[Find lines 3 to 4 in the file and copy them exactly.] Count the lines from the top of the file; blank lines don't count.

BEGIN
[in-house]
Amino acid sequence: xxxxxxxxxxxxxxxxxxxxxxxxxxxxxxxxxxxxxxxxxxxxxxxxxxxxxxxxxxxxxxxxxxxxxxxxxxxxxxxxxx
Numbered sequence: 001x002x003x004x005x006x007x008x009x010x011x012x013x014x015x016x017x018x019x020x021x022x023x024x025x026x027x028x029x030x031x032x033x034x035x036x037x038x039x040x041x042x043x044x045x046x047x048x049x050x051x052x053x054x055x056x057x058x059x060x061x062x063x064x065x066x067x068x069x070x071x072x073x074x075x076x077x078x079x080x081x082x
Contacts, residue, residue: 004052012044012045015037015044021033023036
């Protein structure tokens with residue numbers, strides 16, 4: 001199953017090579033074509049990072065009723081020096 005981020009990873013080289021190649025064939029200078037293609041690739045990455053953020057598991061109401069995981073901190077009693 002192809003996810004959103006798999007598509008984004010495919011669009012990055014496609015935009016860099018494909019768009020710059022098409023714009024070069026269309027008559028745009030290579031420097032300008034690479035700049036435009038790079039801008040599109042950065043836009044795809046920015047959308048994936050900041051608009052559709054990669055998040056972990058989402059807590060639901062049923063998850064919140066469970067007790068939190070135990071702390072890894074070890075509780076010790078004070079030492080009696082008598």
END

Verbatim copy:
Numbered sequence: 001x002x003x004x005x006x007x008x009x010x011x012x013x014x015x016x017x018x019x020x021x022x023x024x025x026x027x028x029x030x031x032x033x034x035x036x037x038x039x040x041x042x043x044x045x046x047x048x049x050x051x052x053x054x055x056x057x058x059x060x061x062x063x064x065x066x067x068x069x070x071x072x073x074x075x076x077x078x079x080x081x082x
Contacts, residue, residue: 004052012044012045015037015044021033023036